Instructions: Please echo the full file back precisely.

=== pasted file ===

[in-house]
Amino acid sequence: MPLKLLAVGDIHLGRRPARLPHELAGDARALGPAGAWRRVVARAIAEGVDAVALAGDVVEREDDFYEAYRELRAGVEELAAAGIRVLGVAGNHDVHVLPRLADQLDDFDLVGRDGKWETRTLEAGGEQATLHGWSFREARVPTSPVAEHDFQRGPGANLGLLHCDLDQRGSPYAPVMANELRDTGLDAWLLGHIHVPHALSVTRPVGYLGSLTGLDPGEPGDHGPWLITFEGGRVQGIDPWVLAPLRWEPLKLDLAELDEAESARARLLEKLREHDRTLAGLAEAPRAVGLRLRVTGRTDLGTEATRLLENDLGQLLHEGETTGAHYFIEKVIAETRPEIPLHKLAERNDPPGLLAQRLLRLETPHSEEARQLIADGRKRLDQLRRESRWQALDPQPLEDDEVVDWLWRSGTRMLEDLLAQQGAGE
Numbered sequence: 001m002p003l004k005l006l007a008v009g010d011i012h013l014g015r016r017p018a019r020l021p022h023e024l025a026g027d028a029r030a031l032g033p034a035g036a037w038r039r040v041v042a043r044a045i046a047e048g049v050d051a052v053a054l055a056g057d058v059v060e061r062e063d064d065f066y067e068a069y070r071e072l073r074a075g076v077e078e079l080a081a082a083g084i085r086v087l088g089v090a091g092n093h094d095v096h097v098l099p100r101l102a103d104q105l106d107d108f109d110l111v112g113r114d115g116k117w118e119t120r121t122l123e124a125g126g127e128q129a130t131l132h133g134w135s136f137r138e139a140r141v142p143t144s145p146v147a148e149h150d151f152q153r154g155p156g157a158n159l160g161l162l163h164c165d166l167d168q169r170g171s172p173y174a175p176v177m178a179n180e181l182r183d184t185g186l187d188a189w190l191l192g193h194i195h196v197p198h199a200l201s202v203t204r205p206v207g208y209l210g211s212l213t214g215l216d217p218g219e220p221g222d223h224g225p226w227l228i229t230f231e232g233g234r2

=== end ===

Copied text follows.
[in-house]
Amino acid sequence: MPLKLLAVGDIHLGRRPARLPHELAGDARALGPAGAWRRVVARAIAEGVDAVALAGDVVEREDDFYEAYRELRAGVEELAAAGIRVLGVAGNHDVHVLPRLADQLDDFDLVGRDGKWETRTLEAGGEQATLHGWSFREARVPTSPVAEHDFQRGPGANLGLLHCDLDQRGSPYAPVMANELRDTGLDAWLLGHIHVPHALSVTRPVGYLGSLTGLDPGEPGDHGPWLITFEGGRVQGIDPWVLAPLRWEPLKLDLAELDEAESARARLLEKLREHDRTLAGLAEAPRAVGLRLRVTGRTDLGTEATRLLENDLGQLLHEGETTGAHYFIEKVIAETRPEIPLHKLAERNDPPGLLAQRLLRLETPHSEEARQLIADGRKRLDQLRRESRWQALDPQPLEDDEVVDWLWRSGTRMLEDLLAQQGAGE
Numbered sequence: 001m002p003l004k005l006l007a008v009g010d011i012h013l014g015r016r017p018a019r020l021p022h023e024l025a026g027d028a029r030a031l032g033p034a035g036a037w038r039r040v041v042a043r044a045i046a047e048g049v050d051a052v053a054l055a056g057d058v059v060e061r062e063d064d065f066y067e068a069y070r071e072l073r074a075g076v077e078e079l080a081a082a083g084i085r086v087l088g089v090a091g092n093h094d095v096h097v098l099p100r101l102a103d104q105l106d107d108f109d110l111v112g113r114d115g116k117w118e119t120r121t122l123e124a125g126g127e128q129a130t131l132h133g134w135s136f137r138e139a140r141v142p143t144s145p146v147a148e149h150d151f152q153r154g155p156g157a158n159l160g161l162l163h164c165d166l167d168q169r170g171s172p173y174a175p176v177m178a179n180e181l182r183d184t185g186l187d188a189w190l191l192g193h194i195h196v197p198h199a200l201s202v203t204r205p206v207g208y209l210g211s212l213t214g215l216d217p218g219e220p221g222d223h224g225p226w227l228i229t230f231e232g233g234r2